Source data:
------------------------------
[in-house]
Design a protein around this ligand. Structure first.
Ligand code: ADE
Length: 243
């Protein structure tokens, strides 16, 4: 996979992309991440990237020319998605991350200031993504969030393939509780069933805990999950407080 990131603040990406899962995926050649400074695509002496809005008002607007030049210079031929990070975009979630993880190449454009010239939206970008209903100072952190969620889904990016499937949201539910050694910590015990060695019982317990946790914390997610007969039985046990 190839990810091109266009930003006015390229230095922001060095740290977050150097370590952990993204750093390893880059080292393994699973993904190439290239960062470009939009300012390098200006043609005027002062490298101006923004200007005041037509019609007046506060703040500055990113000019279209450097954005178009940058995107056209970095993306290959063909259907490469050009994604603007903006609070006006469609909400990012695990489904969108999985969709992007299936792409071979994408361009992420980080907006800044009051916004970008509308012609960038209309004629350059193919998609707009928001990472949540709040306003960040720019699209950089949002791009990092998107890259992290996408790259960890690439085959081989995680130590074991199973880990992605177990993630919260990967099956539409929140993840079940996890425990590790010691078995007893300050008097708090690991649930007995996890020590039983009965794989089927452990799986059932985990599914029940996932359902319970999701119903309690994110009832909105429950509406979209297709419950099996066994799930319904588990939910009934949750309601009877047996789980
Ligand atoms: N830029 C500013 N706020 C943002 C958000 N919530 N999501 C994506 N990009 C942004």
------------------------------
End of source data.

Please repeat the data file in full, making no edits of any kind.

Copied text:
[in-house]
Design a protein around this ligand. Structure first.
Ligand code: ADE
Length: 243
């Protein structure tokens, strides 16, 4: 996979992309991440990237020319998605991350200031993504969030393939509780069933805990999950407080 990131603040990406899962995926050649400074695509002496809005008002607007030049210079031929990070975009979630993880190449454009010239939206970008209903100072952190969620889904990016499937949201539910050694910590015990060695019982317990946790914390997610007969039985046990 190839990810091109266009930003006015390229230095922001060095740290977050150097370590952990993204750093390893880059080292393994699973993904190439290239960062470009939009300012390098200006043609005027002062490298101006923004200007005041037509019609007046506060703040500055990113000019279209450097954005178009940058995107056209970095993306290959063909259907490469050009994604603007903006609070006006469609909400990012695990489904969108999985969709992007299936792409071979994408361009992420980080907006800044009051916004970008509308012609960038209309004629350059193919998609707009928001990472949540709040306003960040720019699209950089949002791009990092998107890259992290996408790259960890690439085959081989995680130590074991199973880990992605177990993630919260990967099956539409929140993840079940996890425990590790010691078995007893300050008097708090690991649930007995996890020590039983009965794989089927452990799986059932985990599914029940996932359902319970999701119903309690994110009832909105429950509406979209297709419950099996066994799930319904588990939910009934949750309601009877047996789980
Ligand atoms: N830029 C500013 N706020 C943002 C958000 N919530 N999501 C994506 N990009 C942004």